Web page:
Figure out what’s stopping you from paying bills on time and make paying bills a little easier.
➜ How to figure out what’s preventing you from paying bills on time
➜ Why it’s important to budget for all of your bills
➜ Steps to make paying bills easier
Ever see an email pop up from your electricity company and feel your heart sink? Or, perhaps you pick up your mail, take it inside and put the letter face down for a few days.
Bills aren’t fun. Even at the best of times, bills are a hassle and unlikely to be what you enjoy spending your money on.
But avoiding bills, or putting off paying them, can be costly. In some cases, it can even damage your credit rating.
Here’s what to do if you find you’re struggling.
Do you find it difficult to find the money to pay all of your bills? Or, is it a hassle to carve out the time to pay them?
If you’re just forgetting to pay the bills, then setting up a direct debit can remove some of the hassle. With direct debits, your bank may even send you a reminder the day before the bill needs to be paid so you can make sure there’s enough money in your account.
If the reason you’re putting off opening bills is because you’re worried about whether or not you’ll be able to afford the payment, there are simple steps you can take.
Part of the problem with bills can be the surprise. Sometimes it’s a surprise when they arrive, sometimes it’s a surprise when you see the amount. Make a list of all the bills you pay and how much they cost on average. It can be tricky as not all your bills will be paid monthly. Some might be quarterly and others could be annually.
As a guide, think about the following:
Using your list, if you budget on a monthly basis, for example, figure out how much you’re paying each month. You’ll need to divide any bills you pay annually by 12 and any bills you pay quarterly will need to be divided by four.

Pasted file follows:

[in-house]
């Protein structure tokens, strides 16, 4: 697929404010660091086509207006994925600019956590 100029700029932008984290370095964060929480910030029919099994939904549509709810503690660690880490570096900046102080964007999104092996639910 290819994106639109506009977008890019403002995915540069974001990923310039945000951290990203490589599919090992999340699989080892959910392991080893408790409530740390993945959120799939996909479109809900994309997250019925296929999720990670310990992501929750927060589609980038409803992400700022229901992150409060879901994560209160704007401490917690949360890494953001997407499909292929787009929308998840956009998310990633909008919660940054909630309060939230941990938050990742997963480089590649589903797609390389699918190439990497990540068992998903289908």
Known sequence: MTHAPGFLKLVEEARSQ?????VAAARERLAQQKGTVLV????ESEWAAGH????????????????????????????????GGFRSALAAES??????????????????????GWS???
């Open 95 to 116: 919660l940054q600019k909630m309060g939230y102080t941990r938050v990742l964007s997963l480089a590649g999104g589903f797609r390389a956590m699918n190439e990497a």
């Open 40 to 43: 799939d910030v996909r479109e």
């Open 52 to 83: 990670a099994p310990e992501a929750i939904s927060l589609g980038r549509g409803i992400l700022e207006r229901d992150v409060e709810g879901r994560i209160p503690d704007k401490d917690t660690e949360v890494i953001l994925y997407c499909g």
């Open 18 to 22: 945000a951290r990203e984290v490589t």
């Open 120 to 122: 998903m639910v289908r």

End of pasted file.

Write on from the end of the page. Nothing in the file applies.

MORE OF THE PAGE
Now you’ve got the monthly cost, you'll need to work this into your budget. If your budget is tight, this is a good time to find some ways to save.
There are a couple of ways you can save money on your bills.
A 2019 study found that 1 in 3 people are paying for subscription services they don’t use.¹ Even if it’s a small amount each month, that number will add up over the year. Of the list you made, what do you no longer use? Even if you do use the service, is it worth what you’re paying? Is there a cheaper alternative? If there are no penalties, you could always test out cancelling for a month and see what you think.
Your biggest costs are likely to be your electricity, internet, phone and any insurances. You may not be able to cancel these, but you may be able to switch and save money. The savings annually can really add up. Check out switching sites to see if you think this might apply to you.
Think about the way you use your utilities when you're at home and see if you can alter your lifestyle to bring the bills down. For example, would adding an extra layer on to the bed at winter help you reduce the amount of electricity you use? Could investing in a good fan in the summer could help keep your air conditioning bill down? Four minute showers aren't just good for the environment, they should also have an impact on your energy bill.
Having the money you need for your bills separated can remove the temptation to spend and prevent you from being caught short. This might help prevent the sting of having to pay for your bills too.
Finally, there are a couple more ways you can make sure you don’t let bills slip:
Find out more about how setting yourself a budget can help you achieve your goals.
What to keep in mind if you're thinking about using buy now, pay later services.
Simple tips to help you think about any credit card debt you might have.